September 17, 2020
Fredrik Inglis to present Division of Biology Seminar
Fredrik Inglis, assistant professor in the biology department at the University of Missouri-St. Louis, will present "The Social Lives of Microbes and How They Evolve" as part of the Division of Biology Seminar Series at 3:30 p.m. Monday, Sept. 21, via Zoom.
Microbes are surprisingly social organisms. They interact with each other in a number of different ways ranging from the production of toxins to kill competitors to the secretion of shareable molecules that are used to scavenge nutrients from the environment. These types of interactions also shape their environments and play important roles in disease transmission and virulence. The goal of my lab is to better understand how microbial social interactions evolve. One area we are particularly interested in is how bacteria get enough iron to grow. This often involves producing siderophores — highly diffusible iron-chelating compounds — which can act like public goods, benefiting all the bacterial cells that come into contact with them. However, this also makes them prone to exploitation, where non-producing cells also benefit from siderophores without paying any of the production costs. Evolutionary and ecological theory suggest there are a number of potential solutions for these types of public goods dilemmas, and we are interested in testing how relevant these are to bacteria and microbes in general.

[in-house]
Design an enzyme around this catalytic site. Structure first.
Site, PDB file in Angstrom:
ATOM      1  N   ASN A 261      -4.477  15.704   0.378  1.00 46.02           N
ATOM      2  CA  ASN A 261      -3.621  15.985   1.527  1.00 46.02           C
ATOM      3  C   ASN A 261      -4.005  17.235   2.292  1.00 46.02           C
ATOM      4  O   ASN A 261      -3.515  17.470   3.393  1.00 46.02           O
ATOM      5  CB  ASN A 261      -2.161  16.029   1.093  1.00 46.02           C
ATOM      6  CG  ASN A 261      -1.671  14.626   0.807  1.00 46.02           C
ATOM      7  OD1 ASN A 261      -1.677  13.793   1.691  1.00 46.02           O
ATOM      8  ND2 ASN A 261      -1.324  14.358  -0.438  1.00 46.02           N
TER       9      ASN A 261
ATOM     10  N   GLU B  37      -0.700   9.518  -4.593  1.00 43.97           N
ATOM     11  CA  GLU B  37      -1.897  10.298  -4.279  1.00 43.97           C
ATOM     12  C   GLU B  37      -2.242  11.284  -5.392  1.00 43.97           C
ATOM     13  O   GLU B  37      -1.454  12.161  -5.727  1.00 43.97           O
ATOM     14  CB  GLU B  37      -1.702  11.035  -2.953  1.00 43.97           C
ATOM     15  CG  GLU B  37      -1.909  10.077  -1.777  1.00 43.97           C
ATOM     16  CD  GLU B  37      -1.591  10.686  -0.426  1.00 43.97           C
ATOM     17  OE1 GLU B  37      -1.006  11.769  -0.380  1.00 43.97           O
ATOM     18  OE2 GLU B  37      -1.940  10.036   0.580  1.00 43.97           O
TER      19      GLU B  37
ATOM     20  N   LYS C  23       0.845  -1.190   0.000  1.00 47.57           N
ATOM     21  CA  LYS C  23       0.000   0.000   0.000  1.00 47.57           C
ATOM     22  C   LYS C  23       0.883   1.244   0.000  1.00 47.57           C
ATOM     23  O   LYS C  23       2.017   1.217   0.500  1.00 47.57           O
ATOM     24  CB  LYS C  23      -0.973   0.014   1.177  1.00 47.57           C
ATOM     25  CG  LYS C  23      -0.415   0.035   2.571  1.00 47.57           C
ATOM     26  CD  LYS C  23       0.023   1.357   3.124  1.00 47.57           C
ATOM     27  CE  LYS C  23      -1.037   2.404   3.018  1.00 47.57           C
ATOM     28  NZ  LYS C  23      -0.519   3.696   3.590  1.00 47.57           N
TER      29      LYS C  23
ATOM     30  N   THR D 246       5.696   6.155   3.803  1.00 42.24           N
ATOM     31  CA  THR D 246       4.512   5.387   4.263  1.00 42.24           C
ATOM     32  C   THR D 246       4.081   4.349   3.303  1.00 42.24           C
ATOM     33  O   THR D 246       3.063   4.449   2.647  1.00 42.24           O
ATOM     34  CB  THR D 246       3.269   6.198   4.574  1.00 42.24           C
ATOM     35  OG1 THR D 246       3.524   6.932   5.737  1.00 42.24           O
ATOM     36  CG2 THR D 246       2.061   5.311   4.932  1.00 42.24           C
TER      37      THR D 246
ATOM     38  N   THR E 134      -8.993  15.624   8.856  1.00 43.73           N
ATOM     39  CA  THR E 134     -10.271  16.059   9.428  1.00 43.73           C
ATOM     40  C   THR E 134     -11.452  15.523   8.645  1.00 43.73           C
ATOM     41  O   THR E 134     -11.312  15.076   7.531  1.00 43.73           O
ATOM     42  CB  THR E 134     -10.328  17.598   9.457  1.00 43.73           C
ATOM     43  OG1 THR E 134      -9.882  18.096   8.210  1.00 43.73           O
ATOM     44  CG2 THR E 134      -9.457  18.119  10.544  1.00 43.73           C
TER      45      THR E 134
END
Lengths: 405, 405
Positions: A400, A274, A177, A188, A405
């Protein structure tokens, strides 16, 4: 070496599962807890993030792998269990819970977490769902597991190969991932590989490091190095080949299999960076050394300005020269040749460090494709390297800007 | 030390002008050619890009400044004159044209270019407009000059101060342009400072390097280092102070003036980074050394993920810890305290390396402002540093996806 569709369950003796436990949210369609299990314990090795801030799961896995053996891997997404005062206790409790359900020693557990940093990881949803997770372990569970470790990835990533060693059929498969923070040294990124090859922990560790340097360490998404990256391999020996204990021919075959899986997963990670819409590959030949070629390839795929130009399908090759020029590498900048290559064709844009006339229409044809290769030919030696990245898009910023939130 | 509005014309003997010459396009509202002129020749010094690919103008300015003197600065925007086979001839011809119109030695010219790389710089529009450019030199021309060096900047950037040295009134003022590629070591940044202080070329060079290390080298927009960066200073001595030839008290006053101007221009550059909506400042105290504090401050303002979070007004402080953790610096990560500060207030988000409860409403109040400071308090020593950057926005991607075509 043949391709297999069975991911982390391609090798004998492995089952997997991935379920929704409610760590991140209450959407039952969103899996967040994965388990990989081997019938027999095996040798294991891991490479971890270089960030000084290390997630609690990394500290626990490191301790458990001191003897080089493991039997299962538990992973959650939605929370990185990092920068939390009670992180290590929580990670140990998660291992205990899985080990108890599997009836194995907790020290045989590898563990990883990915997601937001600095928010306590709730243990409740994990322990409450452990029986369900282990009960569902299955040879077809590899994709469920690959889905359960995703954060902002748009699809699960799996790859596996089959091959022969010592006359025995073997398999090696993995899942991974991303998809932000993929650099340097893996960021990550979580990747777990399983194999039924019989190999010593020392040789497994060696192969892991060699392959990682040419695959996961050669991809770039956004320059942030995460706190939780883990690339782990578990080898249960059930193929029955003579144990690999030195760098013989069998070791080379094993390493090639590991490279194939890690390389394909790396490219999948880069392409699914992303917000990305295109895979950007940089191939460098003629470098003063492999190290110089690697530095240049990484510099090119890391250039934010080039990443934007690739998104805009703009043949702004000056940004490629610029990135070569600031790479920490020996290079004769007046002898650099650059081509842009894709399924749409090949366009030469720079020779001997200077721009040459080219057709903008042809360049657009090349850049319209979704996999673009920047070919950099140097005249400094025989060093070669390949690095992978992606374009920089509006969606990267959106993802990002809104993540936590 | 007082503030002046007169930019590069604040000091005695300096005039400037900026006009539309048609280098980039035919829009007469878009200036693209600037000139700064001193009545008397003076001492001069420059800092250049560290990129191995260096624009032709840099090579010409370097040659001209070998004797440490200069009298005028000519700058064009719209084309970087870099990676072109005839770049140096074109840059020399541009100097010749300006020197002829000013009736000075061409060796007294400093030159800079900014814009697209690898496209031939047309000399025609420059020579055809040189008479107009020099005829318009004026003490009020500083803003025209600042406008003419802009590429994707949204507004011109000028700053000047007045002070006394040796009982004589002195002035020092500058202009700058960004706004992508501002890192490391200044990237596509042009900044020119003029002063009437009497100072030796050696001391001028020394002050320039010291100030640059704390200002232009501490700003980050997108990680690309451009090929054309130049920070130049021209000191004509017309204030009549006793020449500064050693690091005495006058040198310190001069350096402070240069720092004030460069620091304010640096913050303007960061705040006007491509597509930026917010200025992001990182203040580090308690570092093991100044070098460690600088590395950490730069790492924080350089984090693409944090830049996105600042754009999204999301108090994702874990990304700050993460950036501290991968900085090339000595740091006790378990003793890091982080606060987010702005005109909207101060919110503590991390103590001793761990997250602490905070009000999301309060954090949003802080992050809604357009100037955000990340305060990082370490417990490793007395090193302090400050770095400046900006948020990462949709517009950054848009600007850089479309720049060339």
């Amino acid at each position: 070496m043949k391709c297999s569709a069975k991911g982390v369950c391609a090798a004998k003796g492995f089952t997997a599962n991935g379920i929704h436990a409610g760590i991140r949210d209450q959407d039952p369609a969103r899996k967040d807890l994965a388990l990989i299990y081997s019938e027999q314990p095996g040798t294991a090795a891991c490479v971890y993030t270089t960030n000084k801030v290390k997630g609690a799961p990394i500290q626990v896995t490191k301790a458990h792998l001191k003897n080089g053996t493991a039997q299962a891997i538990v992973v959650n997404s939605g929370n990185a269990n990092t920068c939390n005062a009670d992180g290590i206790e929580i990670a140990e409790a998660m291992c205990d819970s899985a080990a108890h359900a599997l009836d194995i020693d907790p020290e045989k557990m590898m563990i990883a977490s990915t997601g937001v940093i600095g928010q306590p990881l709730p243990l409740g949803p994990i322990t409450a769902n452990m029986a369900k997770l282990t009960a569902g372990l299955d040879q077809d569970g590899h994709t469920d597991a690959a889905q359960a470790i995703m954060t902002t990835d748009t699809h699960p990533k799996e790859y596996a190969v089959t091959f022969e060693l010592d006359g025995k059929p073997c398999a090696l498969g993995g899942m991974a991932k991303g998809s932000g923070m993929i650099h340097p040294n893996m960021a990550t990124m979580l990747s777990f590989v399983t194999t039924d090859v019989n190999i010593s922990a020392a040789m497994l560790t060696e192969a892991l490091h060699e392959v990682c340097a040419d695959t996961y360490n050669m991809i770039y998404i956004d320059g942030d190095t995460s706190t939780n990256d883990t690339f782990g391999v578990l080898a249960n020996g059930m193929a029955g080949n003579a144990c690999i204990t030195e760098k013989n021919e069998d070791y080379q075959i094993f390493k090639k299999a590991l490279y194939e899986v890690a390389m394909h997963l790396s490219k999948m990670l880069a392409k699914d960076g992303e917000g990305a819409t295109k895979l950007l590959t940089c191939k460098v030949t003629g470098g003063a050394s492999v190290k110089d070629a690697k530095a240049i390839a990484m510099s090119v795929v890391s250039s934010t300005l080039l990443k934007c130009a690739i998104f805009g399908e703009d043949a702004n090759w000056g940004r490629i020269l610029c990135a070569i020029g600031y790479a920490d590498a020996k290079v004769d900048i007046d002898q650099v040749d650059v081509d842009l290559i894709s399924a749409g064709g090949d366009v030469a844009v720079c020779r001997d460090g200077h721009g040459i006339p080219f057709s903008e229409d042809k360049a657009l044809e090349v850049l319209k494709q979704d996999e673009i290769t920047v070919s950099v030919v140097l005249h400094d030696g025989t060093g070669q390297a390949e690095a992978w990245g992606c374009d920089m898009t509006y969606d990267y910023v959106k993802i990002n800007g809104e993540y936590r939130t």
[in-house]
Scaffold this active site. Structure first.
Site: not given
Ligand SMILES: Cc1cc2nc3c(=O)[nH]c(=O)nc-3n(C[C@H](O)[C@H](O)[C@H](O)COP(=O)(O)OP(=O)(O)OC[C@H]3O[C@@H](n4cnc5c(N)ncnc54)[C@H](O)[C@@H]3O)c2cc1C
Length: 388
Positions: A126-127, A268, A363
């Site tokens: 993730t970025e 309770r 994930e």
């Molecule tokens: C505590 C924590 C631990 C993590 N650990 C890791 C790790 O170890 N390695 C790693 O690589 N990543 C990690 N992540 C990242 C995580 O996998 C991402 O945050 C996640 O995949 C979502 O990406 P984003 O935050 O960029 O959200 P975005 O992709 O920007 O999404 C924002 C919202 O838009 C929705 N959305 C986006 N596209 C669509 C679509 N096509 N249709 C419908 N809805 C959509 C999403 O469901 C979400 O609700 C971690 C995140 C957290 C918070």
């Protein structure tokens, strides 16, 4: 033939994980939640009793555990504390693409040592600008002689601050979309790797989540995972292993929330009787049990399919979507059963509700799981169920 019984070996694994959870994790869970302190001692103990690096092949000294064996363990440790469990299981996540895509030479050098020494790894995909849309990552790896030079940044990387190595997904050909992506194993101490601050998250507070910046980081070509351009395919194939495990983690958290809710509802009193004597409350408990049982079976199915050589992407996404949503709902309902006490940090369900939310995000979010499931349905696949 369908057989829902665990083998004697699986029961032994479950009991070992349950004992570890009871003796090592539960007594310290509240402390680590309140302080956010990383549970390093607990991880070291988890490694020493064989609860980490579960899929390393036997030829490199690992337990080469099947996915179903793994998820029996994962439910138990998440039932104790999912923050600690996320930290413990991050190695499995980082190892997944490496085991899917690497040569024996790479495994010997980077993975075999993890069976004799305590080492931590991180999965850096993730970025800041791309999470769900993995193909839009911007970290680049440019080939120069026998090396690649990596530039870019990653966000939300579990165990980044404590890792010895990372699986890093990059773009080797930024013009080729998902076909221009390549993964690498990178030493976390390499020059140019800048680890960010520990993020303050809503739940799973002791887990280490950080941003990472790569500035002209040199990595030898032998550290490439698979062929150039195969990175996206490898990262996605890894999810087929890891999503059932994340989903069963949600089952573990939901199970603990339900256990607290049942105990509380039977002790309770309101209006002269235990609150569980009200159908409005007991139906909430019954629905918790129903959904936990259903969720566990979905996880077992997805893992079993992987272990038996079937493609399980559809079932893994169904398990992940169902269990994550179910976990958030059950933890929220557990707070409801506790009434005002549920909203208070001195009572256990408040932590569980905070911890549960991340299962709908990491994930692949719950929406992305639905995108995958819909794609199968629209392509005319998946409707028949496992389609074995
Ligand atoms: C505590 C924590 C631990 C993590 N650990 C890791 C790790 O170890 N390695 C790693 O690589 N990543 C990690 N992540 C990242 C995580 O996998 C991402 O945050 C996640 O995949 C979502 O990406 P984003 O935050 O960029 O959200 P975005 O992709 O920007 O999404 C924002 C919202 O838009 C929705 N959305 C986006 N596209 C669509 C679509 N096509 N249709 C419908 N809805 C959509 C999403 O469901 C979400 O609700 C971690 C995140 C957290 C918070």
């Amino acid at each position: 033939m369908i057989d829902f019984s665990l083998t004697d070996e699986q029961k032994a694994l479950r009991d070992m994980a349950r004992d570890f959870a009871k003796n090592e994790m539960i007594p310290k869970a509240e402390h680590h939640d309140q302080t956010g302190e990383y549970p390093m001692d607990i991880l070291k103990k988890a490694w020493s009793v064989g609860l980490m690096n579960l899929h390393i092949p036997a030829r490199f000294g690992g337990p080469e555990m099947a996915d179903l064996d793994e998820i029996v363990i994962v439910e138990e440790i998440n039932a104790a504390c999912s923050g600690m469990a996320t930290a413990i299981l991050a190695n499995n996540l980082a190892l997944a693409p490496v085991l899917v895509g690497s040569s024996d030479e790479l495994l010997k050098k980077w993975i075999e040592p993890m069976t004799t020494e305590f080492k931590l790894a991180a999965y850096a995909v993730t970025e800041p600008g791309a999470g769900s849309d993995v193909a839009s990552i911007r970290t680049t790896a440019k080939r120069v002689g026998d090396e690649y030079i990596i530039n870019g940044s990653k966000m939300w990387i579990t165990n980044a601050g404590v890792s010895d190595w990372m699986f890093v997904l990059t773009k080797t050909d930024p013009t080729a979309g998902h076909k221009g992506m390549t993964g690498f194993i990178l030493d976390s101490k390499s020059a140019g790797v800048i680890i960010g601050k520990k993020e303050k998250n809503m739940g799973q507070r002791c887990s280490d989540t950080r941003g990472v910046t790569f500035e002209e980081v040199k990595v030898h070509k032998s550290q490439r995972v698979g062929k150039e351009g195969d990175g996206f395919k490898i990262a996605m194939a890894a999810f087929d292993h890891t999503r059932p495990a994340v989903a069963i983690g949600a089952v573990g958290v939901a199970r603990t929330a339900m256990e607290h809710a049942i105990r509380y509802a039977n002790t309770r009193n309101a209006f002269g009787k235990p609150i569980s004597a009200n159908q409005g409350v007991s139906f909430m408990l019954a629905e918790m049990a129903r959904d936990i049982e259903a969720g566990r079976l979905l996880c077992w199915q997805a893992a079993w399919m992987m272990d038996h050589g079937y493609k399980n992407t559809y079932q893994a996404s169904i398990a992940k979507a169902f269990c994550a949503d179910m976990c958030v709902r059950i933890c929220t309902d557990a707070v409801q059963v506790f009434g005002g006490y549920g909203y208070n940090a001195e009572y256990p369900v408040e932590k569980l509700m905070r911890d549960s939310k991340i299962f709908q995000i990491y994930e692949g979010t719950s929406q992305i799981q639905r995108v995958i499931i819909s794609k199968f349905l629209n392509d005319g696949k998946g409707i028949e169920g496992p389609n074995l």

If you would like to visit with Inglis, please contact Ruth Welti at firstname.lastname@example.org.